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# Intersection Calculator + Online Solver With Free Steps

The **Intersection Calculator** is used to calculate the intersection point between two lines. The **two lines** are the linear equations with degree 1. The calculator computes the x and y coordinates of the intersecting point in a 2-D plane.

The calculator takes the **linear equations** for the two lines as input and outputs the **intersecting** **point** or the solution of both lines. The two equations are the function of x and y.

If the variable z is entered in one or both of the two equations, the calculator computes only the x-coordinate of the intersecting point and **gives another equation** which is a function of y and z.

The three-variable equation requires **three equations** to compute the complete coordinates of the intersection point. The two equations are not enough for the calculator to compute the numerical values of x, y, and z coordinates of the intersection point.

So, the calculator gives the **numerical values** for the intersection point only for two-variable equations.

## What Is an Intersection Calculator?

**The Intersection Calculator is an online tool that is used to calculate the intersection point of two linear equations or lines in a 2-D plane.**

The **intersection point** is the point where the two lines meet or cross each other, giving the x and y coordinates.

So the intersecting point is the **common point** (x,y) between the two lines. At this point, the x-coordinate and y-coordinate for both the lines are the same.

## How To Use the Intersection Calculator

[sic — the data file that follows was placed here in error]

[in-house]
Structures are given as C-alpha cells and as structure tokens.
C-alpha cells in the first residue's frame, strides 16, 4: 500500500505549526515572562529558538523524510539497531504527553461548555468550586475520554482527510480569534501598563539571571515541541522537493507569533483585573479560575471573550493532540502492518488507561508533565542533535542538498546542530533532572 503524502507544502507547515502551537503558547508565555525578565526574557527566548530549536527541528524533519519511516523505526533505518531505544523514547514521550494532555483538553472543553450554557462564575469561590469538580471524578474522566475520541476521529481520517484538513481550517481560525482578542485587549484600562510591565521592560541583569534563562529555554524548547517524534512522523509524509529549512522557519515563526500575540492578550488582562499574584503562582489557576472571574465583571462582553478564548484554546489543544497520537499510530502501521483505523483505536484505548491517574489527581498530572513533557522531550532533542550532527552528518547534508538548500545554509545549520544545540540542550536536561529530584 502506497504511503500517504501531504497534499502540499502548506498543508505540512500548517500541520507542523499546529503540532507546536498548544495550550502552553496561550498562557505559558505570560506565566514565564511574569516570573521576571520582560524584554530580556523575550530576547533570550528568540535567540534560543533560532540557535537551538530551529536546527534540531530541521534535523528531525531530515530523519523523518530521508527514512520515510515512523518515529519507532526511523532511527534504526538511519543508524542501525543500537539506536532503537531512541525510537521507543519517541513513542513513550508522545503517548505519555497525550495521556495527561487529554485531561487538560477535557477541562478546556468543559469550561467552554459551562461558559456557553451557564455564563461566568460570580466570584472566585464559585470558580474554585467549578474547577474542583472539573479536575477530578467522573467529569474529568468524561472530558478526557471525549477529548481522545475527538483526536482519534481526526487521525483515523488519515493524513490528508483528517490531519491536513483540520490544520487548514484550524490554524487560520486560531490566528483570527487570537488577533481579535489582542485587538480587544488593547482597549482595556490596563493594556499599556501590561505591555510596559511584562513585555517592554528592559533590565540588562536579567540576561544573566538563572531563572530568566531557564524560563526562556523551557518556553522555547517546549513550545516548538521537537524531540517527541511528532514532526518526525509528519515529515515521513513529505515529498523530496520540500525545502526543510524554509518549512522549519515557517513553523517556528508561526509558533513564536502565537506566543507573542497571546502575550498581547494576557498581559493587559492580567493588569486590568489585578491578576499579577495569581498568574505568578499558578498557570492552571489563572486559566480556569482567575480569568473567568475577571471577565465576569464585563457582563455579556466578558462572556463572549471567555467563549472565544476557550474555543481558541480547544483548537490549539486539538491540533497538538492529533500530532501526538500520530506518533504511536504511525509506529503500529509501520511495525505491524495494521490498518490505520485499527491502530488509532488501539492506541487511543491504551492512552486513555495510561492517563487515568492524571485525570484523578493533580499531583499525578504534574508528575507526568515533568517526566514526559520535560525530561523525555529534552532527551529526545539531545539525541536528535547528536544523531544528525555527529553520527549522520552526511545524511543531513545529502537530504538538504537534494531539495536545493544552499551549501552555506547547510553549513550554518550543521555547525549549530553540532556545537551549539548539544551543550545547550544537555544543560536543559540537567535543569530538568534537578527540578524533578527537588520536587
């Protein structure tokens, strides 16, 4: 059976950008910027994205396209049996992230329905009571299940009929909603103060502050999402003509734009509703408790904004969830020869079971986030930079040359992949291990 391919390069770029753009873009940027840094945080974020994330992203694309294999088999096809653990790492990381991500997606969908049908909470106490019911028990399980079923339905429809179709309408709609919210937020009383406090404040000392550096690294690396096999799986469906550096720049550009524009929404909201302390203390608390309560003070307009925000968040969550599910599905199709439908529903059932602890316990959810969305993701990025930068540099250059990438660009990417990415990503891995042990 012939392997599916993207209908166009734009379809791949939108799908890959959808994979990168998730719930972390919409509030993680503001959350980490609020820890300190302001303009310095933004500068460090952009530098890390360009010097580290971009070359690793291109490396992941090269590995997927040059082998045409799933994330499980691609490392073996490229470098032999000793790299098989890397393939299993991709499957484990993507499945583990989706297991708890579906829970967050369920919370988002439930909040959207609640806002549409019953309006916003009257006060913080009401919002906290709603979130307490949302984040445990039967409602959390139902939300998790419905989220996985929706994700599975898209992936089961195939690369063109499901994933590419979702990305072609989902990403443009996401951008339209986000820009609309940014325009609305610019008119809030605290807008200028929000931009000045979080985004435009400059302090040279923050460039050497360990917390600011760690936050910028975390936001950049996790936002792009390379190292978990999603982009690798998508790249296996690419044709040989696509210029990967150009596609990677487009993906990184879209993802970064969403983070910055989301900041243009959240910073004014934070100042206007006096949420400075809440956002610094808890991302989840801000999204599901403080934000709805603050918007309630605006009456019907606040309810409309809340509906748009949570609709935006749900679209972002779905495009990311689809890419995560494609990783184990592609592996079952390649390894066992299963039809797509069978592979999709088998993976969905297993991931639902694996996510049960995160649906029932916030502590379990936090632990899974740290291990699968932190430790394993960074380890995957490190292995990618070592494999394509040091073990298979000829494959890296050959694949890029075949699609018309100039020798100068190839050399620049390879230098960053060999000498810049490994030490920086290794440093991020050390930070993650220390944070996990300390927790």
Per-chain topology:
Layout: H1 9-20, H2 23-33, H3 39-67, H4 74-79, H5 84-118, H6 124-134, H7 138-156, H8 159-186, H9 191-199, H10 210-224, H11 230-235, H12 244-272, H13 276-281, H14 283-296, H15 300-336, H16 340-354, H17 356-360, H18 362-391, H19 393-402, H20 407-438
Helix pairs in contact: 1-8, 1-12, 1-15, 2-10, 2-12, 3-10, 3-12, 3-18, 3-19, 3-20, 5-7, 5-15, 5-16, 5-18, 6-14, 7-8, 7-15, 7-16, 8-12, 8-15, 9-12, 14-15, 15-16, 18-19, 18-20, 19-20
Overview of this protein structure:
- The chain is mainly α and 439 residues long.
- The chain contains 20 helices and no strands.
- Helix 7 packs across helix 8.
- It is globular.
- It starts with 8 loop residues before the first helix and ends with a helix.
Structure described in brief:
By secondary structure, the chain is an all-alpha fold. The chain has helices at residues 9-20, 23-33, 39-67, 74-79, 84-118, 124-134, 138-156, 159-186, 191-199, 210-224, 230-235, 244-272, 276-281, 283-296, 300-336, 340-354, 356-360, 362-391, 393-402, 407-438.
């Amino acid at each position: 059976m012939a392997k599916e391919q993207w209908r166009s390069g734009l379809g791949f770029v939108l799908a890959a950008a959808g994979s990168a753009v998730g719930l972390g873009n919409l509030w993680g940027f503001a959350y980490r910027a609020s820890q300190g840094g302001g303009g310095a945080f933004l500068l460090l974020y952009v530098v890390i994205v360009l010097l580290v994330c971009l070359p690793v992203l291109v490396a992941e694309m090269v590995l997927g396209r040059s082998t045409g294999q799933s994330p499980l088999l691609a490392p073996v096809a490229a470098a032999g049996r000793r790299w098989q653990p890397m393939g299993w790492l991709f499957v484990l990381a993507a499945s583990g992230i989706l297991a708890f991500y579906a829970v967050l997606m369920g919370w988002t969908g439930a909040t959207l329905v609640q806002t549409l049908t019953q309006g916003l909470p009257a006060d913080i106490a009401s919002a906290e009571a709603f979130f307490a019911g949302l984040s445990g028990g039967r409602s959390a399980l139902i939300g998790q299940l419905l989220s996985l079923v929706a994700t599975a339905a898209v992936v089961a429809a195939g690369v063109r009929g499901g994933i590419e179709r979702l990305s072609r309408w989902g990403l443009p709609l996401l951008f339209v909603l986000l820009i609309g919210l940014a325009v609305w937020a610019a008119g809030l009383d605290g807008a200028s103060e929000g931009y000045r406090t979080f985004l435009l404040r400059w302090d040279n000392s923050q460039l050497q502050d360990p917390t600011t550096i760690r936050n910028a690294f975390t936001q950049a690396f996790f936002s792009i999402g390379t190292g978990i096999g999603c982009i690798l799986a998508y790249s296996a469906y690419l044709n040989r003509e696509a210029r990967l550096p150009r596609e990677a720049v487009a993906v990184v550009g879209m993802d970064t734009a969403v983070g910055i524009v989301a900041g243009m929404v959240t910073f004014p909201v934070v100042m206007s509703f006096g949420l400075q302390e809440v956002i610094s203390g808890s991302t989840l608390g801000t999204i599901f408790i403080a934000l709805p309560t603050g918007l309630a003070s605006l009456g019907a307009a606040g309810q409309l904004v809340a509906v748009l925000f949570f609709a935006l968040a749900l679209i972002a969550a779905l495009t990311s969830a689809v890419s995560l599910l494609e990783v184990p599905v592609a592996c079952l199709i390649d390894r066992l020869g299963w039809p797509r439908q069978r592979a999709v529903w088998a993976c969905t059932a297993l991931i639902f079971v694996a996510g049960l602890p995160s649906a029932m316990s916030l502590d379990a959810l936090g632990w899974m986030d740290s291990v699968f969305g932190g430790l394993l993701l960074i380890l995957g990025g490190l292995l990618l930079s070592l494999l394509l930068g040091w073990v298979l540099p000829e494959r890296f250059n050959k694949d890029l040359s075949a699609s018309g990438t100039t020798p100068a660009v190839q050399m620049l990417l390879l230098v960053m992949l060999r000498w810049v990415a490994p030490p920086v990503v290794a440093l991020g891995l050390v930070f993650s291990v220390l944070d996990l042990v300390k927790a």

The Intersection Calculator can be used by following the steps given below:

### Step 1

First, the user enters the **first linear equation** of the two equations in the input block against the title, **Intersection of**. The linear equation is a two-variable equation.

The calculator shows the first equation by **default** as follows:

**y = 3x + 2 **

The default variables used are x and y. The equation is a function of y in terms of x.

The **two variables** can be any alphabet such as (a,b) depending upon the user’s requirement.

### Step 2

Enter the **second linear equation** in the second input tab of the Intersection Calculator. It is entered in the block titled against **and**. The user should use the same two variables as used for the first linear equation for correct results.

The second linear equation set by **default** by the calculator is:

**y = 2x – 1 **

If a **third variable** is entered in any of the two equations, the calculator gives the value for a single coordinate such as x and gives another equation in the result window.

This calculator does not support the 3-D system.

### Step 3

After entering both the equations, the user should press **Submit **button for the calculator to compute the intersection point. If the user forgets to enter one of the two equations, the calculator displays **Not a valid input; please try again**.